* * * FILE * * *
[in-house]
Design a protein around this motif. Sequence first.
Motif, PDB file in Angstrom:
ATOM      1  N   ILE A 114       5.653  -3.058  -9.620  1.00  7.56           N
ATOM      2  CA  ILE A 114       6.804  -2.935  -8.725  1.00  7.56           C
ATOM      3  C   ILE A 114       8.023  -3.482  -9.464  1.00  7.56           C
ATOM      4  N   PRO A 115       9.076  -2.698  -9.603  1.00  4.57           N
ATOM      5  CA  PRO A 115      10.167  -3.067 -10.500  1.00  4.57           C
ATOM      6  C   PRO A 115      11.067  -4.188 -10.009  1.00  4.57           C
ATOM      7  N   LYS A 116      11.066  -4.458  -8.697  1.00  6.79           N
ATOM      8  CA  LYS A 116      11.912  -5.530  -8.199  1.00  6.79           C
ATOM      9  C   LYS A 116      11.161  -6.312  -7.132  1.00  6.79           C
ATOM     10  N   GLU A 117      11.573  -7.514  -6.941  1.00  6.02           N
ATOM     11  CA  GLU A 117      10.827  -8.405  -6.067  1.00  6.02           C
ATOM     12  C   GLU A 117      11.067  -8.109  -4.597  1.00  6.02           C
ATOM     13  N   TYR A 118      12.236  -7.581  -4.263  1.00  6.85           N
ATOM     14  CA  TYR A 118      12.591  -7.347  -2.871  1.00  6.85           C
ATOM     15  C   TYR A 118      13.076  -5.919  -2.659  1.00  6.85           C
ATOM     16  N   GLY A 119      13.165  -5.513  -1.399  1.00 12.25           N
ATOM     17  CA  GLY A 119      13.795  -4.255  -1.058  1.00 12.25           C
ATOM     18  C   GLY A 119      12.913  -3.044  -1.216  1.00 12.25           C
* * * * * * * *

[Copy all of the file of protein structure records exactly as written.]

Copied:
[in-house]
Design a protein around this motif. Sequence first.
Motif, PDB file in Angstrom:
ATOM      1  N   ILE A 114       5.653  -3.058  -9.620  1.00  7.56           N
ATOM      2  CA  ILE A 114       6.804  -2.935  -8.725  1.00  7.56           C
ATOM      3  C   ILE A 114       8.023  -3.482  -9.464  1.00  7.56           C
ATOM      4  N   PRO A 115       9.076  -2.698  -9.603  1.00  4.57           N
ATOM      5  CA  PRO A 115      10.167  -3.067 -10.500  1.00  4.57           C
ATOM      6  C   PRO A 115      11.067  -4.188 -10.009  1.00  4.57           C
ATOM      7  N   LYS A 116      11.066  -4.458  -8.697  1.00  6.79           N
ATOM      8  CA  LYS A 116      11.912  -5.530  -8.199  1.00  6.79           C
ATOM      9  C   LYS A 116      11.161  -6.312  -7.132  1.00  6.79           C
ATOM     10  N   GLU A 117      11.573  -7.514  -6.941  1.00  6.02           N
ATOM     11  CA  GLU A 117      10.827  -8.405  -6.067  1.00  6.02           C
ATOM     12  C   GLU A 117      11.067  -8.109  -4.597  1.00  6.02           C
ATOM     13  N   TYR A 118      12.236  -7.581  -4.263  1.00  6.85           N
ATOM     14  CA  TYR A 118      12.591  -7.347  -2.871  1.00  6.85           C
ATOM     15  C   TYR A 118      13.076  -5.919  -2.659  1.00  6.85           C
ATOM     16  N   GLY A 119      13.165  -5.513  -1.399  1.00 12.25           N
ATOM     17  CA  GLY A 119      13.795  -4.255  -1.058  1.00 12.25           C
ATOM     18  C   GLY A 119      12.913  -3.044  -1.216  1.00 12.25           C